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When people first became aware of ecological problems in the 1960s, such issues were seen as discrete and unconnected concerns that each had perfectly identifiable causes (normally related to industry). For this reason, it was thought that such issues could be approached with corrective ad hoc policies, preferably with end-of-pipe technologies. During the 1980s, however, global ocean contamination, ozone layer and forest depletion, and the lack of sanitary drinking water increased the plausible suspicion that we were creating still other problems, such as planetary climate change and the chemical contamination. At that point, environmental issues became seen as systemic and it was held that the economic system, because of its incompatibility with ecological balance, needed to be transformed. Our Common Future, the report of the World Commission on Environment and Development, presented in 1987 and better known as the Brundtland Report (BR), is a landmark, not only because it represents the first institutional backing of the concept of sustainable development (SD), but because of its endorsement by the United Nations. However, despite that a large number of international organizations (the European Union [EU], the OECD, the World Bank) accept formally the Brundtland’s concept, they defends others concepts of SD (triple sustainability or dematerialization of growth) that run counter former one. The fraudulent and abusive use of the SD concept by those who have employed orthodox interpretations of the terms is the result of a defensive reaction of the dominant economic system that is conscious of the transformational nature of the acceptance to limits on growth.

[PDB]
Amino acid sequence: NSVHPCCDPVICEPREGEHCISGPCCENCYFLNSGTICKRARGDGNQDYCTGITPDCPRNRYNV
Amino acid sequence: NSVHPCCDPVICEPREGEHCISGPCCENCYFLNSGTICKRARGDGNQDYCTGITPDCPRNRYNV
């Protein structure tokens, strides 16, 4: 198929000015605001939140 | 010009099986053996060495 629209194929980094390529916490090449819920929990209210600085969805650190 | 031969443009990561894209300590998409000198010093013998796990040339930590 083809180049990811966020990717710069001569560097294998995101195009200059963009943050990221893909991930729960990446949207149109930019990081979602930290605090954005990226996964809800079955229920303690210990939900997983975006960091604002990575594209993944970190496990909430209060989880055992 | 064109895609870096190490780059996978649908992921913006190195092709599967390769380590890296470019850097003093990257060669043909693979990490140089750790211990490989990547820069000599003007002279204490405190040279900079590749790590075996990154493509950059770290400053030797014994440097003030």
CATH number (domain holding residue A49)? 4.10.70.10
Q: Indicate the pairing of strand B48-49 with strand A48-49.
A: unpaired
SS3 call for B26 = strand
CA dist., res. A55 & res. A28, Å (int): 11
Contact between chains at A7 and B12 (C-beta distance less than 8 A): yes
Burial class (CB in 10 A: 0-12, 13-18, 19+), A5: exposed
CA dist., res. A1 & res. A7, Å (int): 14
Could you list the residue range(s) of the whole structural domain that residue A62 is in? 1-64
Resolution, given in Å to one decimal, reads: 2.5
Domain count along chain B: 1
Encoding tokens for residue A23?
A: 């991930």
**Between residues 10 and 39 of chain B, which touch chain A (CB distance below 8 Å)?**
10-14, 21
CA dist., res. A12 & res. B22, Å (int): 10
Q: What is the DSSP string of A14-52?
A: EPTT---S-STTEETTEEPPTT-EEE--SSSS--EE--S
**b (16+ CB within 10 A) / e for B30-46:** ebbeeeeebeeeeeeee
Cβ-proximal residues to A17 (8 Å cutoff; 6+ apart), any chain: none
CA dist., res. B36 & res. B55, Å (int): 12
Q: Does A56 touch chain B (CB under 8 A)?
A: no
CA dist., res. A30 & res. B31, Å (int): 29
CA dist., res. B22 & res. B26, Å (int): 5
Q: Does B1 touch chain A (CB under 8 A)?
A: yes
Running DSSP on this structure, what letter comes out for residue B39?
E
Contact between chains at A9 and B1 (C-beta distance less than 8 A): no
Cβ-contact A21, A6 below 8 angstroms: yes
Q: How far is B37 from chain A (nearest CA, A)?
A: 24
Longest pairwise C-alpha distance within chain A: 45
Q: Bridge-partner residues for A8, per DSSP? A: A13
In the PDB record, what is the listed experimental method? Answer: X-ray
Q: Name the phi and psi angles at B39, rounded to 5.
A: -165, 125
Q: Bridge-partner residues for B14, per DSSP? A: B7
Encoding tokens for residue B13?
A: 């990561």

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- Sustainable Development in the Brundtland Report and Its Distortion
- Springer Netherlands
- Chapter 5
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